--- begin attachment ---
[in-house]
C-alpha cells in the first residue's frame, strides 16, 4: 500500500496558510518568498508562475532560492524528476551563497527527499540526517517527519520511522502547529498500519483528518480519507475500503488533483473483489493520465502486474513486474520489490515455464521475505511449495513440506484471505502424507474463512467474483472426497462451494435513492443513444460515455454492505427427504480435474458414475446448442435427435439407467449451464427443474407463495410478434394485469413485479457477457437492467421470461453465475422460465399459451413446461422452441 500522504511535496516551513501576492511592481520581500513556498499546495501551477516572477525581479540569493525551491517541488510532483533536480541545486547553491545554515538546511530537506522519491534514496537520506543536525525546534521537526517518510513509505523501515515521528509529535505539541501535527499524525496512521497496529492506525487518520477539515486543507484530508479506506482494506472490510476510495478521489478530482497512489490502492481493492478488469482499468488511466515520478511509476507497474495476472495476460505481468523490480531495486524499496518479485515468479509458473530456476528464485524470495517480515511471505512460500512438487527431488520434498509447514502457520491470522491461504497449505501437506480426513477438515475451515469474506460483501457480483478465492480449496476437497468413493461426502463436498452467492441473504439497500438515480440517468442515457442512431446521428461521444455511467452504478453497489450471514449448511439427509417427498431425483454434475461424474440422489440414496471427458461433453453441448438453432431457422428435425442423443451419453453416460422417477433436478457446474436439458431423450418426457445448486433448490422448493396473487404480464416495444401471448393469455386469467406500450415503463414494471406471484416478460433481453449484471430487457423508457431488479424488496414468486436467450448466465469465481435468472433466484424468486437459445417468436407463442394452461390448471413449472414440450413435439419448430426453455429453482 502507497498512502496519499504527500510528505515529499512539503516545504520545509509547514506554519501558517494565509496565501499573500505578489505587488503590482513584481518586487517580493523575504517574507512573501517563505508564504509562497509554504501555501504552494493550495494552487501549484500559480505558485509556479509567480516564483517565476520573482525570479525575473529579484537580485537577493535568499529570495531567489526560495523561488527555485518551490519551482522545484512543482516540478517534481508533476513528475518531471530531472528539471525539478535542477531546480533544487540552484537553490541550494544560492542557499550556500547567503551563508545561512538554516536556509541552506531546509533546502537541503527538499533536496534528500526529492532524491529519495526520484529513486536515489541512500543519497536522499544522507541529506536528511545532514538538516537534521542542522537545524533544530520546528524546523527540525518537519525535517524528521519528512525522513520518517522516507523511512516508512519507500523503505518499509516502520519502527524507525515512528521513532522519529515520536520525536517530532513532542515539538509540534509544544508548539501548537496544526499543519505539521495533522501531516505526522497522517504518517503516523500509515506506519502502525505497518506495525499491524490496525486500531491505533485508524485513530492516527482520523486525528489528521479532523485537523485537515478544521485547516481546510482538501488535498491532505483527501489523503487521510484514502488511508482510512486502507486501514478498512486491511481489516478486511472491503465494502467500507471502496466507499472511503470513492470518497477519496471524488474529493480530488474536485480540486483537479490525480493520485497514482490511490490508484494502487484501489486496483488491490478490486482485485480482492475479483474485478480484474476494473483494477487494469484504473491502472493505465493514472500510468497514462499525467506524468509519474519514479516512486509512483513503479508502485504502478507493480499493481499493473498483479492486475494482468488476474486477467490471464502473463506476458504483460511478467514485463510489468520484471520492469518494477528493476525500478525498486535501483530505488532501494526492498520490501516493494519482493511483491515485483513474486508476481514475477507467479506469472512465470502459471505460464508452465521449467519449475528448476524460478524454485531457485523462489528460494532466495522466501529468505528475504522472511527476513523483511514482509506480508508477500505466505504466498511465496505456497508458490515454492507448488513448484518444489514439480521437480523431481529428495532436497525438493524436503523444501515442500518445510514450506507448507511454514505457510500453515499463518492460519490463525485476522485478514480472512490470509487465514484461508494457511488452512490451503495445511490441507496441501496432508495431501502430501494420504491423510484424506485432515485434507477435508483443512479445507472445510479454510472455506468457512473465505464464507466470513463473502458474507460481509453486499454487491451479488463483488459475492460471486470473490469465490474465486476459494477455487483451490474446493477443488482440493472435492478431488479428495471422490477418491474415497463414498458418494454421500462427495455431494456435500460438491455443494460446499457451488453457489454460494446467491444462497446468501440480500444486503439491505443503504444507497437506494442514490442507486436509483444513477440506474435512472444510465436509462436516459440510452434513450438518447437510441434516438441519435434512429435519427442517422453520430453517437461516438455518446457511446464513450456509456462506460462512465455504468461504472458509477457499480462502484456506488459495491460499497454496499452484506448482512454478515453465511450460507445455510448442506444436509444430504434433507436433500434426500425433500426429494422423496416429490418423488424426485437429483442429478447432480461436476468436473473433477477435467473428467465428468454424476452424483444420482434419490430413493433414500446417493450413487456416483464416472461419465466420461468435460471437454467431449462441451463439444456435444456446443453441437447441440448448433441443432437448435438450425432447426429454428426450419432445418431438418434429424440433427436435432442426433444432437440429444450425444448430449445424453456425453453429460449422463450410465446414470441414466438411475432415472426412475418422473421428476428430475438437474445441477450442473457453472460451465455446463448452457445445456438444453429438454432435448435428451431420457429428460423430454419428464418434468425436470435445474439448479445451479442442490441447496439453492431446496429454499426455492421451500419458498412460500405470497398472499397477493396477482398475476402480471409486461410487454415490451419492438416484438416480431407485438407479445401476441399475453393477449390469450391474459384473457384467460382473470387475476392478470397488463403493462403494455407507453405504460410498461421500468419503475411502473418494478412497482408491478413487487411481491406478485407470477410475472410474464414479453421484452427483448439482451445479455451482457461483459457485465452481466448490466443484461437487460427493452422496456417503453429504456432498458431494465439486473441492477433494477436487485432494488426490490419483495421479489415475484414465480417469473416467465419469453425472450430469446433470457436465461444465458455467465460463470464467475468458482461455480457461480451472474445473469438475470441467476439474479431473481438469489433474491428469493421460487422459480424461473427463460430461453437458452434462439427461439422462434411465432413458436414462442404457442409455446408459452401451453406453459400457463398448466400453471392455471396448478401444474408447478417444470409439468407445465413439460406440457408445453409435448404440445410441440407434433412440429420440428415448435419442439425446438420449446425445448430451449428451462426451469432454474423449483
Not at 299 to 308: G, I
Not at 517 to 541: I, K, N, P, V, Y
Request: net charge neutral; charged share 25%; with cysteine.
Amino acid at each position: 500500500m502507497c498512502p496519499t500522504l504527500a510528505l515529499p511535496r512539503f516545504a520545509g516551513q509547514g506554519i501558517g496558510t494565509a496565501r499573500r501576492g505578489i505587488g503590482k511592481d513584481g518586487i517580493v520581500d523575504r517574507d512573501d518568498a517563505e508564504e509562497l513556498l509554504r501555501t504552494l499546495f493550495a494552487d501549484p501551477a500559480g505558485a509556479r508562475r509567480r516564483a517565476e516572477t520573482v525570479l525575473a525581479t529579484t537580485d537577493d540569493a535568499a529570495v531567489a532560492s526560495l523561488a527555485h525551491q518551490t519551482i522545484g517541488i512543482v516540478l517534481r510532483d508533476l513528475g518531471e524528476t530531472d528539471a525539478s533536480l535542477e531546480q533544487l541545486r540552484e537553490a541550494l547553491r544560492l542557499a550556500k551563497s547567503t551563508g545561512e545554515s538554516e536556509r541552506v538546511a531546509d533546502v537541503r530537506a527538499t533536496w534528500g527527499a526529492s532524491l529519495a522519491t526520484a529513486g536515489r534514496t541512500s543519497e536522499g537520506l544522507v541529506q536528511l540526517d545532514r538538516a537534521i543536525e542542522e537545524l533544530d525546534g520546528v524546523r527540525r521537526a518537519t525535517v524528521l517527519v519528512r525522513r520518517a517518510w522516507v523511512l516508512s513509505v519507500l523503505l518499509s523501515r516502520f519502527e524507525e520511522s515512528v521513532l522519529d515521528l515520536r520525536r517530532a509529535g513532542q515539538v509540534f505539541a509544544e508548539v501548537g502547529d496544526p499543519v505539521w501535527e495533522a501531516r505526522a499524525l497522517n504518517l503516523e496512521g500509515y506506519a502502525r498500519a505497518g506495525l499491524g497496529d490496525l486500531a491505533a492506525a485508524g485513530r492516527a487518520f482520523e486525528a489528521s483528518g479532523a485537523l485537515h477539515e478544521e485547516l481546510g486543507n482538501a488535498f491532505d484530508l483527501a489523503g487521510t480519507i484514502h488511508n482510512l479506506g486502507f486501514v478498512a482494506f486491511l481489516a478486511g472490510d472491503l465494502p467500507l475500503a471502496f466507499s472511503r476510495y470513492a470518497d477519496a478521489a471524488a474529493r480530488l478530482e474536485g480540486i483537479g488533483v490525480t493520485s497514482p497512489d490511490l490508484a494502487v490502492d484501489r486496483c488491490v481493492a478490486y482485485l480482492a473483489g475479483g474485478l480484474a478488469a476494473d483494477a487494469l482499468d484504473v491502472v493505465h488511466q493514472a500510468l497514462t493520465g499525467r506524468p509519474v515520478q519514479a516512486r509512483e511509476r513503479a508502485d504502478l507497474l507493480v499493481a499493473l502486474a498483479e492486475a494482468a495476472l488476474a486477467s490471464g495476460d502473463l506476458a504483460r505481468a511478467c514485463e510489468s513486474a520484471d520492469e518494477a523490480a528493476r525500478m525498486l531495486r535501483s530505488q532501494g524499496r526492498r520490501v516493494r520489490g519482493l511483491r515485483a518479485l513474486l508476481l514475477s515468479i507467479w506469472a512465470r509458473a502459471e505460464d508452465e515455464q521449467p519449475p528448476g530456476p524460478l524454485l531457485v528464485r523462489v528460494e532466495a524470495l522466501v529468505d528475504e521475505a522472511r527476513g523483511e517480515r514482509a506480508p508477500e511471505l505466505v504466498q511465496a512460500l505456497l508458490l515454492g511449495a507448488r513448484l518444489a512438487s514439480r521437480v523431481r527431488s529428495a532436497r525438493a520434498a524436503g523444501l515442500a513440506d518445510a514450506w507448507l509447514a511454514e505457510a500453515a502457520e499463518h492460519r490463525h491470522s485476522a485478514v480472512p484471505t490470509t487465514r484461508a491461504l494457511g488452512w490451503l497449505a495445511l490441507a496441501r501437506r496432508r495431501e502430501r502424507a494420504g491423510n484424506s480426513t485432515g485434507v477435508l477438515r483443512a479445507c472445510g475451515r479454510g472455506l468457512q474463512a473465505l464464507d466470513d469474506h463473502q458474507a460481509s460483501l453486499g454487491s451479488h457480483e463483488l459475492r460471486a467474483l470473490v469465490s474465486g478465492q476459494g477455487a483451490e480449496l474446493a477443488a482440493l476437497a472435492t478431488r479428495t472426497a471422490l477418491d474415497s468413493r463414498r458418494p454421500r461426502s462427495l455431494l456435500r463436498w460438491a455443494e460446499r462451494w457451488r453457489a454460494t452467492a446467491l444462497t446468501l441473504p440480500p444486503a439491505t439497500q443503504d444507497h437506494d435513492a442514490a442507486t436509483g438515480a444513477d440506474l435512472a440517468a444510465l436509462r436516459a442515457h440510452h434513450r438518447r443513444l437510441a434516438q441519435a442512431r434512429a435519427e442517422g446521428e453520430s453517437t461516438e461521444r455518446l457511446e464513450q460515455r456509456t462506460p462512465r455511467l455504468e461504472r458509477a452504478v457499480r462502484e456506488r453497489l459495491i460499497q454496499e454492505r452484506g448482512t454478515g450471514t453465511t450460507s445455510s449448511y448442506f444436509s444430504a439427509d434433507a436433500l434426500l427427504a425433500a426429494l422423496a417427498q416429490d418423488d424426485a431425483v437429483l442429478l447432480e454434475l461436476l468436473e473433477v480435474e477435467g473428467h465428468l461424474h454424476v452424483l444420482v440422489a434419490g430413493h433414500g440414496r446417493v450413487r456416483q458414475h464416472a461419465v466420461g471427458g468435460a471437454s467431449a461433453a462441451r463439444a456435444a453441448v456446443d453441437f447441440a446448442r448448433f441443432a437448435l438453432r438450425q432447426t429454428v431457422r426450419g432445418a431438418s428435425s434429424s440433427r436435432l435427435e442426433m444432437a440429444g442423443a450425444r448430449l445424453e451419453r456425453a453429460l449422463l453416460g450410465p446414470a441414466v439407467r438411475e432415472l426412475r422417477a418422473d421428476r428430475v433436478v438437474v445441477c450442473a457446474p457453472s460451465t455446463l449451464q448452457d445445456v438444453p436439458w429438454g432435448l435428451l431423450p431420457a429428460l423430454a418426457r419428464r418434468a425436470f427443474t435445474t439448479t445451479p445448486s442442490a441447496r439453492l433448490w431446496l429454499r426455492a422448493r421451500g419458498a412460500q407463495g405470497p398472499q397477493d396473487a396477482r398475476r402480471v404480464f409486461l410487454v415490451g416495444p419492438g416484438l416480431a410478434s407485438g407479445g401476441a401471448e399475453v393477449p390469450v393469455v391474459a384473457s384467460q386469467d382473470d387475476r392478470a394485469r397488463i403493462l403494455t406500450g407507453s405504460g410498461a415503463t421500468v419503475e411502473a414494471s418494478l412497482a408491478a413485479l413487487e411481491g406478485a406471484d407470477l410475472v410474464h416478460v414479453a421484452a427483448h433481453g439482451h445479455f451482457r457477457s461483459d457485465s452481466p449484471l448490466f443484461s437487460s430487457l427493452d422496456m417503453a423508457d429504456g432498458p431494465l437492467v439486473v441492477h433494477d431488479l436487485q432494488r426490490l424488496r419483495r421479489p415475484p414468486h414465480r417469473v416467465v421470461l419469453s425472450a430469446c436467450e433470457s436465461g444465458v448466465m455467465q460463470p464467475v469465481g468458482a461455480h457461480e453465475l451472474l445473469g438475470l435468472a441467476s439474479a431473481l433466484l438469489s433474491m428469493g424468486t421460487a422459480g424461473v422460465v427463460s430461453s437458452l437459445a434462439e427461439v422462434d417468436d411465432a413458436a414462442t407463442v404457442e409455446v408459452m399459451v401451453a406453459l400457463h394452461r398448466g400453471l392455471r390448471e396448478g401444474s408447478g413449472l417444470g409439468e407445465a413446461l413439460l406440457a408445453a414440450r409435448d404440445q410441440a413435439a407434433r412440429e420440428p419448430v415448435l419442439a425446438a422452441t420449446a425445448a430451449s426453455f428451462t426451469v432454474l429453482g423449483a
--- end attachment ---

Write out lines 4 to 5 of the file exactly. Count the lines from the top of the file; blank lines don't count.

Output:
Not at 517 to 541: I, K, N, P, V, Y
Request: net charge neutral; charged share 25%; with cysteine.